Don Draper, the main character on the hit TV show Mad Men, is said to have been inspired by a real Madison Avenue ad man: George Lois. Lois was a leader in the "Creative Revolution" in advertising during the 1950s, and became one of the most influential art directors in advertising history. His work helped make brands like Xerox, Lean Cuisine and Jiffy Lube famous. Lois is perhaps best known for creating iconic Esquire magazine covers, many of which now reside in the Museum of Modern Art.
Lois recently talked with NPR's Renee Montagne about his work and his new book, Damn Good Advice. In the late '50s, he worked at the Doyle Dane Bernbach agency, the first agency that matched great art direction with great writing, according to Lois. One ad that Lois is particularly fond of was one his colleagues created for the 1957 campaign for Levy's Jewish Rye.
"The campaign was, 'You don't have to be Jewish to love Levy's Jewish Rye,'" Lois remembers. "And the visual was a Native American Indian chomping into a sandwich made with Levy's; it was a Chinese waiter chomping into a sandwich; it was a New York Irish policeman chomping into it."
Lois considers this campaign great because it had a memorable tag line, and the visuals were compelling. "Those two things together create great advertising," he says. It's as simple as that.
Even though the synergy between words and images is crucial, Lois always tells people just starting out in advertising that when concocting a great ad, the words must come first. "They look at me stunned," he says. "They say, 'No, no, you create these powerful visual images. Why would you think of copy first?' I say, 'Because, a line, a slogan should be famous."
One campaign Lois worked on that has words that still echo today: I want my MTV. Lois says, "If somebody says to you, 'MTV,' you think of Mick Jagger on a phone, screaming into the phone, 'I want my MTV!' That, to me, was always the epitome of great advertising."
Lois says he's been thinking differently for as long as he can remember. Once, when he was enrolled in a design course as a teenager, his instructor told the class to do a study based on pure rectangles on an 18" by 24" sheet of paper. The assignment was worth half their grade for the season, but while Lois' classmates nervously cut shapes out of their papers, Lois sat idly, looking out the window, not touching his paper at all.
"Finally, after an hour and 20 minutes, he said, 'Time's up!'" Lois recalled. Just before the teacher looked at Lois' blank paper, Lois said, "'Excuse me, wait for a second.' And I wrote 'G. Lois' in the corner of this perfect, 18-by-24 rectangle. And he tore it out of my hands ... I came in the next morning and there were four or five teachers in the hallway... They said, 'George, my God, George, what you did in Mr. Patterson's class was brilliant!' What I taught myself was that in any problem you get, you've got to come up with an innovative, brilliant, kind of unusual, stunning solution."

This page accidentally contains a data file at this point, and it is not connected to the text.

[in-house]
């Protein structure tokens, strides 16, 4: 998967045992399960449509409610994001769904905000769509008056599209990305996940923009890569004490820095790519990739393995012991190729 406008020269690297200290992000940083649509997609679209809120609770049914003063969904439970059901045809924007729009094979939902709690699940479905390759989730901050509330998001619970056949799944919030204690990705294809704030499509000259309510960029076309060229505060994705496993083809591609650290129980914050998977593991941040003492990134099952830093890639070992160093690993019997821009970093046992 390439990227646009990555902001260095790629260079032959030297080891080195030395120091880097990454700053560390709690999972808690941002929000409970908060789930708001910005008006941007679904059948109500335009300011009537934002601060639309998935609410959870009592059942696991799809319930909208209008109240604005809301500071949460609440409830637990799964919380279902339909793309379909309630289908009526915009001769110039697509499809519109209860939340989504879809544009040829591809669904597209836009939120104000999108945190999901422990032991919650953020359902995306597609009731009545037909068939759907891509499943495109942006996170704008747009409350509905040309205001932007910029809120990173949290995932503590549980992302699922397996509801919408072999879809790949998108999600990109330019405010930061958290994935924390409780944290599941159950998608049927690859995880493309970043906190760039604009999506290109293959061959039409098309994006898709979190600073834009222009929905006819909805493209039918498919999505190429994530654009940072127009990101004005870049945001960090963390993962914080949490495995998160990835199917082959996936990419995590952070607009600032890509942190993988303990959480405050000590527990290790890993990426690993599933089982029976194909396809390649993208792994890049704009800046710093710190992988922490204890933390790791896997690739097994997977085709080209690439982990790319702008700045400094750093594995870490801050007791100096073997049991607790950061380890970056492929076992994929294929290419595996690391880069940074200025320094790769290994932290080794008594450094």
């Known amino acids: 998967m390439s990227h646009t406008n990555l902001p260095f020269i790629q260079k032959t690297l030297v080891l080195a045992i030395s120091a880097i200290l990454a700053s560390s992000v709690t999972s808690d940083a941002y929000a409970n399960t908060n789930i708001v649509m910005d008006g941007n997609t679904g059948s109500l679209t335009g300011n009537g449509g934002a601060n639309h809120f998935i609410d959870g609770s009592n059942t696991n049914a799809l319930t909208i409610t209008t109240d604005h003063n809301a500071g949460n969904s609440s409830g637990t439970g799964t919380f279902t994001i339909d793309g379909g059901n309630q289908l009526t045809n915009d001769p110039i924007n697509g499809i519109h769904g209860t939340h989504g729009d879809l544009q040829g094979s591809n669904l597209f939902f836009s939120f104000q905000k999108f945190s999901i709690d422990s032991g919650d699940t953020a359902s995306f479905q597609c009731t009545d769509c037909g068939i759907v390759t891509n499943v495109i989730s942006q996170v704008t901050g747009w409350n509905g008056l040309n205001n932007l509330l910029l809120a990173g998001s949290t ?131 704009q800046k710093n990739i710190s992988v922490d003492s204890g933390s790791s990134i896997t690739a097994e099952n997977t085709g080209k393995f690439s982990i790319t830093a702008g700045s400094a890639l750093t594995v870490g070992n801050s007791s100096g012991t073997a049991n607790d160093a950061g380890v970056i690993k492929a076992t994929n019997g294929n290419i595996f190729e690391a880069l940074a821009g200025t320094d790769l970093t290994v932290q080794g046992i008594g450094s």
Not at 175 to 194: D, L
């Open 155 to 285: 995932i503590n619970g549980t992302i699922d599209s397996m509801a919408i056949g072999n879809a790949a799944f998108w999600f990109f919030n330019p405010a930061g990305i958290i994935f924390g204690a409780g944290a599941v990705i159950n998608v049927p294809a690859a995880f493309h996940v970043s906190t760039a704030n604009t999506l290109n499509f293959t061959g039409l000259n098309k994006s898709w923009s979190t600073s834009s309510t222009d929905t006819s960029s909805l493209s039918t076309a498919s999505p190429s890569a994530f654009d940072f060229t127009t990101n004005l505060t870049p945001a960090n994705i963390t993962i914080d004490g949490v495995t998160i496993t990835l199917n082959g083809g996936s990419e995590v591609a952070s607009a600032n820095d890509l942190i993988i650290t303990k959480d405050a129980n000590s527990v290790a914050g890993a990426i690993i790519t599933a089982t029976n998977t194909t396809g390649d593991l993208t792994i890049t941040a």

One of Lois' clients was the pancake company Aunt Jemima. He began working on their advertising campaign before they made syrup, when they were only known for their pancake mix. Wondering why the company didn't have their own syrup, Lois devised a questionnaire about pancakes. It asked consumers which syrup they'd purchased recently, and he included an option to circle "Aunt Jemima Syrup," a then-nonexistent product.
"Something like 90 percent of the people or so circled that they had bought Aunt Jemima syrup," says Lois. "I took that research to the head guys, and I said, 'I want to talk to you about syrup.' ... Of course, they created the syrup, and they became the leading syrup brand in the world."
Lois' defining statement about creativity is that it can solve almost any problem. "The creative act, the defeat of habit by originality, overcomes everything. And I really believe that. What I try to teach young people, or anybody in any creative field, is that every idea should seemingly be outrageous."
Excerpts From 'Damn Good Advice'
By George Lois
DAVID GREENE, HOST:
The charming rogue and brilliant ad man, Don Draper will be back in living rooms this Sunday. "Mad Men" returns to TV, showcasing the glamour and squalor in a fictional 1960s advertising firm.
Seem like a good time for Renee Montagne to speak with a real ad man with long experience, who joined her from our New York bureau.
RENEE MONTAGNE, HOST:
That would be George Lois, credited with leading a creative revolution of the late 1950s and '60s. His aim: to create art out of ads. Along the way, he helped make Xerox famous; gave us the cry, I want my MTV; and had magazine covers collected by the Museum of Modern Art.
In his new book, "Damn Good Advise," George Lois offers tips from the best of the real Mad Men, some of whom worked in the very building in Manhattan that now houses NPR's Bureau.
GEORGE LOIS: I walked into this building and I almost went into shock because I realized it was the lobby of the building that I worked at in the late '50s, the agency by the name of Doyle Dane Bernbach which is a renowned, legendary agency. It was the first creative agency that combined the talents of great art direction, or the talents of a great writer, synergistically working together to create great ad campaigns.
MONTAGNE: Well, since you're sitting there - I guess in a sense your original stomping grounds - give us an example of one of the ads that would've emerged from that ad agency in that building.